The Federal Reserve just announced that it was going to perform stress tests on 6 major banks, including Bank of America, Citigroup, Goldman Sachs, JP Morgan Chase, Morgan Stanley and Wells Fargo. This is a part of an annual review required by the Dodd-Frank law, with the intention of determining whether or not any of the big banks are vulnerable to collapse.
Clearly, the last thing the Fed wants is to be blindsided like they were when Lehman Brothers went under and when they were forced to institute TARP. In fact, some think that the collapse of another major financial entity would be disastrous, and would be enough to tip the economy into a full-blown recession. Not me. Instead, I think another bank collapse is what we need to get the economy back on track.
Think about it. The economy has been stuck in low gear for over three years now. Bank of America, for example, was trading near $40 per share in September, 2008, just before the banking meltdown. It got as low as $2.53 per share in February, 2009, just before the market bottomed. By October, 2009, it had moved back up close to $20 per share but stalled until it made a slightly higher high in April, 2010, which is where it peaked out. Since then, it has continued to falter, and now sits close to $5 per share.
In the meantime, even though it too has stalled, the S&P 500 is in much better shape than Bank of America and other major banks, like Morgan Stanley and Citigroup. The under performance of the banking sector sticks out like a sore thumb, and it’s what has kept the overall market from making much progress.
So, why are banks under performing so badly? It’s because no one really has a handle on their exposure to potential loan losses – including the Fed – whether in the US or in Europe. And, if there’s one thing the market hates above all, it’s uncertainty.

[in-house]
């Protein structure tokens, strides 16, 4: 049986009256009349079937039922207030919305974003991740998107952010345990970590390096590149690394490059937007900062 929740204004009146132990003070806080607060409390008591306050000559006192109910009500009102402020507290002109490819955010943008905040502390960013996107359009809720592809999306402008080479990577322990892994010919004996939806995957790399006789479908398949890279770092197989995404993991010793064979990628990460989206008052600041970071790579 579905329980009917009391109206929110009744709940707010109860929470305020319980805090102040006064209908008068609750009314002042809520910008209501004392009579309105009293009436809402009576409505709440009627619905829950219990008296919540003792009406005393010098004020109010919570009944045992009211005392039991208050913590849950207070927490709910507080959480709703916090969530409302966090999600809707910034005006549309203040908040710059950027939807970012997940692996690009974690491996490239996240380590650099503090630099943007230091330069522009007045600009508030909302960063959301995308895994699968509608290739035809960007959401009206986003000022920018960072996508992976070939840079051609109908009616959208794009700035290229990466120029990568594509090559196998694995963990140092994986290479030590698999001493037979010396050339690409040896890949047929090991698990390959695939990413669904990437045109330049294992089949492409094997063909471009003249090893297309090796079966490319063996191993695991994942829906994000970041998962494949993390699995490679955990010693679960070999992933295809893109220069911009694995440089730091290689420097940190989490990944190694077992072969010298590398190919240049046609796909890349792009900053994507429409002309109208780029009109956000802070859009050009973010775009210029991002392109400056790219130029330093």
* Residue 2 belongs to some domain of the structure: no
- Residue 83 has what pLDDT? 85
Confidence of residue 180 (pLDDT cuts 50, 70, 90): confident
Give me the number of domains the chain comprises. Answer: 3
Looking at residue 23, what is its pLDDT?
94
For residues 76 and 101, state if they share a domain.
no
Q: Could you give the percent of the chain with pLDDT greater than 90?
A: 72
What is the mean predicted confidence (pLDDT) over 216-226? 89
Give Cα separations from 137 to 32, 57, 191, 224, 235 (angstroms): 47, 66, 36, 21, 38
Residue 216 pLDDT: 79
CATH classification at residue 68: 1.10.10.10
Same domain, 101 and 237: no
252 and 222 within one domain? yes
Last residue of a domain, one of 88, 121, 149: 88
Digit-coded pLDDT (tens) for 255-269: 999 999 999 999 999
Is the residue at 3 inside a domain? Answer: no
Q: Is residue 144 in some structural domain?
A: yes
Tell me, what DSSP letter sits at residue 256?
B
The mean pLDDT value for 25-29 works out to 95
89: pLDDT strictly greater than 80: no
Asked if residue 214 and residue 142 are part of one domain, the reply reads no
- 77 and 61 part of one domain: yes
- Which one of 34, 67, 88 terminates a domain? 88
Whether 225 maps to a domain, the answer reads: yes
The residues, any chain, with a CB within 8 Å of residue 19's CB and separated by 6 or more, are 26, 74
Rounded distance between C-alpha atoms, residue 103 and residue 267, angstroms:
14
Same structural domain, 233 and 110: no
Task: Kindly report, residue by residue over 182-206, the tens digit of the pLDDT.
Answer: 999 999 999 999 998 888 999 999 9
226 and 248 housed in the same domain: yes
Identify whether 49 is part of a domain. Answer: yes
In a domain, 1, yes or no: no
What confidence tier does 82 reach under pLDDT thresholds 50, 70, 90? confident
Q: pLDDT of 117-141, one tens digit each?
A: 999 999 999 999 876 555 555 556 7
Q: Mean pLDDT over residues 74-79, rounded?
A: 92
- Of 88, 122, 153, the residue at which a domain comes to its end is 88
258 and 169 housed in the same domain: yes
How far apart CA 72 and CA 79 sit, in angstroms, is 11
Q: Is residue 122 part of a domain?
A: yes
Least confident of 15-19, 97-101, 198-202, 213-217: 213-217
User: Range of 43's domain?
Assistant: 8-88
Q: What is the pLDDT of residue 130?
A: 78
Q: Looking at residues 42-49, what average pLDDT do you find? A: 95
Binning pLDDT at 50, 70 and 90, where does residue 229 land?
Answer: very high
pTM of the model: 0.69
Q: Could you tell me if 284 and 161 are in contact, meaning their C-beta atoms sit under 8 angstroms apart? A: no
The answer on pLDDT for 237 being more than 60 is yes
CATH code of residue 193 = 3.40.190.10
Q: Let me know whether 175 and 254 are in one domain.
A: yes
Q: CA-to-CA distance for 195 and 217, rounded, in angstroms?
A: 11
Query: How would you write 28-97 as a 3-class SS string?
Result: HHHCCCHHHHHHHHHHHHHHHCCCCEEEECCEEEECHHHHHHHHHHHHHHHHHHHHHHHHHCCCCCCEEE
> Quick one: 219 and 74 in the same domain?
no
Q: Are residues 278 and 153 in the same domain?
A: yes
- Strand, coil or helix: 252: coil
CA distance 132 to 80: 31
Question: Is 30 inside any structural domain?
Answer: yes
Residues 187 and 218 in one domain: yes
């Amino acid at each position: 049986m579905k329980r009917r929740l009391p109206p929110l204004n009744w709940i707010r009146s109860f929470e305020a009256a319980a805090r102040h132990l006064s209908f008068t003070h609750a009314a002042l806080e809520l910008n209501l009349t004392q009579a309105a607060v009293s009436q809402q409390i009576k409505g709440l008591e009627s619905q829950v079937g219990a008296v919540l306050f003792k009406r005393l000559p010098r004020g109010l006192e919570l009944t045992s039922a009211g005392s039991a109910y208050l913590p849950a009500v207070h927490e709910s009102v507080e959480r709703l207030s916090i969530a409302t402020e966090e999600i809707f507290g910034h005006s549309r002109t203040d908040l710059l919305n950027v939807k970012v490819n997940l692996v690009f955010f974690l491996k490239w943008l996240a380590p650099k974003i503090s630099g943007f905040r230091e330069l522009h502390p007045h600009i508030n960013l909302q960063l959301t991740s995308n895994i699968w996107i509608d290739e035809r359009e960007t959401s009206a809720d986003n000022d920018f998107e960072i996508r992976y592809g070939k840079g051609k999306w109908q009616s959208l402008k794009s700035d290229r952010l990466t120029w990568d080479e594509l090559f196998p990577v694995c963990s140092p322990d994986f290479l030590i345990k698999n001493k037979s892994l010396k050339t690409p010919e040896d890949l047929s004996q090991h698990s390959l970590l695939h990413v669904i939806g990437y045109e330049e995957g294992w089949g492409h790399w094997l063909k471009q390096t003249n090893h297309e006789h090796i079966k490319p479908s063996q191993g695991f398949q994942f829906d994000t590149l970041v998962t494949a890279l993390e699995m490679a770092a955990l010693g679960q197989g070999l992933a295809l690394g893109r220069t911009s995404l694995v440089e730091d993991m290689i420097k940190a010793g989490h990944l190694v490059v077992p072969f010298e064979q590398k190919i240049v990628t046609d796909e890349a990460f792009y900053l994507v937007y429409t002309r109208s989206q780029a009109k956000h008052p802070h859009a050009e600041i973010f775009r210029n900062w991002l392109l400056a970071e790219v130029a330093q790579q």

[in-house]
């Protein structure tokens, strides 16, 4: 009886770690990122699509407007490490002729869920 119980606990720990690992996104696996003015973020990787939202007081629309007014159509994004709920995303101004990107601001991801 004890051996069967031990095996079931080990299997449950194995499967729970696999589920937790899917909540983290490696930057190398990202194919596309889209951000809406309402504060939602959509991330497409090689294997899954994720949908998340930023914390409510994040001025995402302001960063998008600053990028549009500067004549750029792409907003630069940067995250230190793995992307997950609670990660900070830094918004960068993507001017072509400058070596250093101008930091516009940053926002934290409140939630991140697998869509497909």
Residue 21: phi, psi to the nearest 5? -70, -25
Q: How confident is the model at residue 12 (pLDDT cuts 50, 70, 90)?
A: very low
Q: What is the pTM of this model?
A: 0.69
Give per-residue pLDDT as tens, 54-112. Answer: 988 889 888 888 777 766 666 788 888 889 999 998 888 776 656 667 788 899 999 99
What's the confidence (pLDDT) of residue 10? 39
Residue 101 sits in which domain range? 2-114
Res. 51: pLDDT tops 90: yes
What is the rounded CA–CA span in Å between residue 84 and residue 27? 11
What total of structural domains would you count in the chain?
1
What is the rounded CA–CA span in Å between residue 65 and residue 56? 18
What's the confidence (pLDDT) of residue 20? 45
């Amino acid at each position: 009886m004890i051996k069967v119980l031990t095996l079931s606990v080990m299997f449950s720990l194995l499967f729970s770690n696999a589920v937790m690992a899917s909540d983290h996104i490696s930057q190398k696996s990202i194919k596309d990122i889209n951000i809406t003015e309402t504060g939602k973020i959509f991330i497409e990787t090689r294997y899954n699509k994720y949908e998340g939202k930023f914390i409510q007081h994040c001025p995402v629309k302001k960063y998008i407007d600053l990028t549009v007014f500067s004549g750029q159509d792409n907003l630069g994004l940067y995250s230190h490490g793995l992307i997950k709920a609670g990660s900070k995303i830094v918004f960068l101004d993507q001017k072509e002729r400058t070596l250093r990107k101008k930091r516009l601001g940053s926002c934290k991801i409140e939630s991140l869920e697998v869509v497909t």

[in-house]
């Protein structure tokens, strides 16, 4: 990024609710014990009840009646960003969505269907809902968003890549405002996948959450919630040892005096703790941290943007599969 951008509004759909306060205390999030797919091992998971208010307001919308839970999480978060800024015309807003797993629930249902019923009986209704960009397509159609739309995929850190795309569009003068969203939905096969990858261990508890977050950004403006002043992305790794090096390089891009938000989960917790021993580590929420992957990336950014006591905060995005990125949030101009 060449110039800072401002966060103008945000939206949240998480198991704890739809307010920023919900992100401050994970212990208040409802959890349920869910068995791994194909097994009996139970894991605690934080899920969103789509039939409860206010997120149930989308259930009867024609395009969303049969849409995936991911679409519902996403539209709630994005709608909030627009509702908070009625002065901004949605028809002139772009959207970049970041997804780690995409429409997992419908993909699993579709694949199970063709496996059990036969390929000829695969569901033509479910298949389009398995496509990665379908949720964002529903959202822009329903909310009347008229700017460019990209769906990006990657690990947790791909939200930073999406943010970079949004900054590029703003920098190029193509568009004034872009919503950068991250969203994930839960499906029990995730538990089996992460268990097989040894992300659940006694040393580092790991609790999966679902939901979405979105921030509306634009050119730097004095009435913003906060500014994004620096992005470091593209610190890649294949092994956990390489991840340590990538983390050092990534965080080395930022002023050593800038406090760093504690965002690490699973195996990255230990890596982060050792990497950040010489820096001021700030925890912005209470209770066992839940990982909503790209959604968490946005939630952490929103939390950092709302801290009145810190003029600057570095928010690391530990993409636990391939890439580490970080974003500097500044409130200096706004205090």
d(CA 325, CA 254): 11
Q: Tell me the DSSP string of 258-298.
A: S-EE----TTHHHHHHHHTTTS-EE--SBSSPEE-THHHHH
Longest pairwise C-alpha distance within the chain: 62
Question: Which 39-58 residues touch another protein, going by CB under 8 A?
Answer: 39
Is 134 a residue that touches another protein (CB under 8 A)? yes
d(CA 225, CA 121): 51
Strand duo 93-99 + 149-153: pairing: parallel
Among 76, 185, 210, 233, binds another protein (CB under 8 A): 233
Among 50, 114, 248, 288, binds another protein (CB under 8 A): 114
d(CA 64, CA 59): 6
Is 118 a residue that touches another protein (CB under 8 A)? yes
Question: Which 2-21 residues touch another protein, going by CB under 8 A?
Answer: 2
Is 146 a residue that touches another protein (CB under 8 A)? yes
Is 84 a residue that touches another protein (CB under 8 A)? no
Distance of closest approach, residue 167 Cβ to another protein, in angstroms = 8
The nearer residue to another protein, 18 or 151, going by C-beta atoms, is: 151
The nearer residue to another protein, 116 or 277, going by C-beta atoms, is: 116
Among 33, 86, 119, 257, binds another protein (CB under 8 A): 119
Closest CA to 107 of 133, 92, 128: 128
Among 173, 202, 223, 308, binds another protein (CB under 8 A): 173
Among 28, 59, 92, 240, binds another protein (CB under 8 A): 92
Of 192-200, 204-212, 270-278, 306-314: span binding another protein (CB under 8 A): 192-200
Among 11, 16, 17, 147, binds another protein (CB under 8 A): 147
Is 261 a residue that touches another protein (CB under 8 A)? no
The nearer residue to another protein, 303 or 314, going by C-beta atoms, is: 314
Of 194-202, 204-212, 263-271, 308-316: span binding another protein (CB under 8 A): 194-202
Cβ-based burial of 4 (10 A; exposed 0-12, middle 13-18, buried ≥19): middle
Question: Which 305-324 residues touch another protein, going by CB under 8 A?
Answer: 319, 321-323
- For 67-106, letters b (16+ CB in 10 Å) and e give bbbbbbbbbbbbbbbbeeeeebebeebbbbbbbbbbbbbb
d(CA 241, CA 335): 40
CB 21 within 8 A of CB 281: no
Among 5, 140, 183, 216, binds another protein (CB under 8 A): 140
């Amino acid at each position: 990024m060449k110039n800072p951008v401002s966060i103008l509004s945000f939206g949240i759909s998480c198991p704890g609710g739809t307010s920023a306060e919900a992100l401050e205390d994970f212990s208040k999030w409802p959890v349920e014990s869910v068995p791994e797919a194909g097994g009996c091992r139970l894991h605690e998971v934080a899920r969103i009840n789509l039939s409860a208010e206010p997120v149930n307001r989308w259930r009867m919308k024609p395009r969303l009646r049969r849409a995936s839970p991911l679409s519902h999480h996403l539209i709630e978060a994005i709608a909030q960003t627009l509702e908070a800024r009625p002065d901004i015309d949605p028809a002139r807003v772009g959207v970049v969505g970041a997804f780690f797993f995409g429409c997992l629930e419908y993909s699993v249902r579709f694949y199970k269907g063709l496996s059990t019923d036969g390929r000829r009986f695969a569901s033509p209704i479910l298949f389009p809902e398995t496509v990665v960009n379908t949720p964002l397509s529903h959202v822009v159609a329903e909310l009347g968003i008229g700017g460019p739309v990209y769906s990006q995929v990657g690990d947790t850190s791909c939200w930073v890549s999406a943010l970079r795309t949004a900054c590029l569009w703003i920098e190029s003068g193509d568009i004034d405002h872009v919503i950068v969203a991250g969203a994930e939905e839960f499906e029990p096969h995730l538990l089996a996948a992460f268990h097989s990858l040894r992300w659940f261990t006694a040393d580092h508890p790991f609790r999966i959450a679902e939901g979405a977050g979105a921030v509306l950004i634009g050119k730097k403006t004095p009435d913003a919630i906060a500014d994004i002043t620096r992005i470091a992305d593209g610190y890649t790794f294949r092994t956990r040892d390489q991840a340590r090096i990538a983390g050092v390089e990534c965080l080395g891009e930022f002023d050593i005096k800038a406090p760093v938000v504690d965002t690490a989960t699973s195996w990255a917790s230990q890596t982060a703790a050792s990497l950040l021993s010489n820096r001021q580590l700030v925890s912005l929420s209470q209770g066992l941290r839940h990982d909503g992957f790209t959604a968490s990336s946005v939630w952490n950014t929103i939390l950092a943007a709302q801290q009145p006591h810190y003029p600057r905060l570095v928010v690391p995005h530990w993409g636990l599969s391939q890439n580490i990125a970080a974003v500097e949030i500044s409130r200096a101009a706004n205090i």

Thus, we have a real Catch 22. On the one hand, everyone worries what might happen to the US economy if another big bank goes under. On the other hand, the weakness of the banking sector has been largely responsible for the market going nowhere. So, what’s the solution? I say let as many banks as necessary go under, because it could be a cathartic moment; a true cleansing of everything that has been wrong with the “system” for a number of years.
Of course, such a solution has the potential to cause a calamity in the markets. So what? If you have an abscessed tooth and you do nothing about it, you are going to be in pain for an indefinite length of time, and unless dealt with, may not be able to function. So, I say take the pain now, get it over with and move on.
The good news about our economic system is there’s always someone ready to swoop in to take advantage of the weak hands; it’s just the way it is. Someone’s misfortune is someone else’s good fortune. If Bank of America, or any other bank was to go under, the surviving entities would be there to pick up the pieces.
One would argue that the remaining banks would then become even bigger, thus setting up an even worse case scenario than too big to fail. Nonsense. There are thousands of banks across the country; enough to absorb the fallout. Why do you think the major banks did an about-face on the debit card fees they were thinking of enacting? Because they saw the writing on the wall; the smaller regional and local banks were going to take away their business.
No longer fear too big to fail. Start thinking just the opposite. If we’re lucky, this will be the solution we’ve been looking for to get our economy back on track.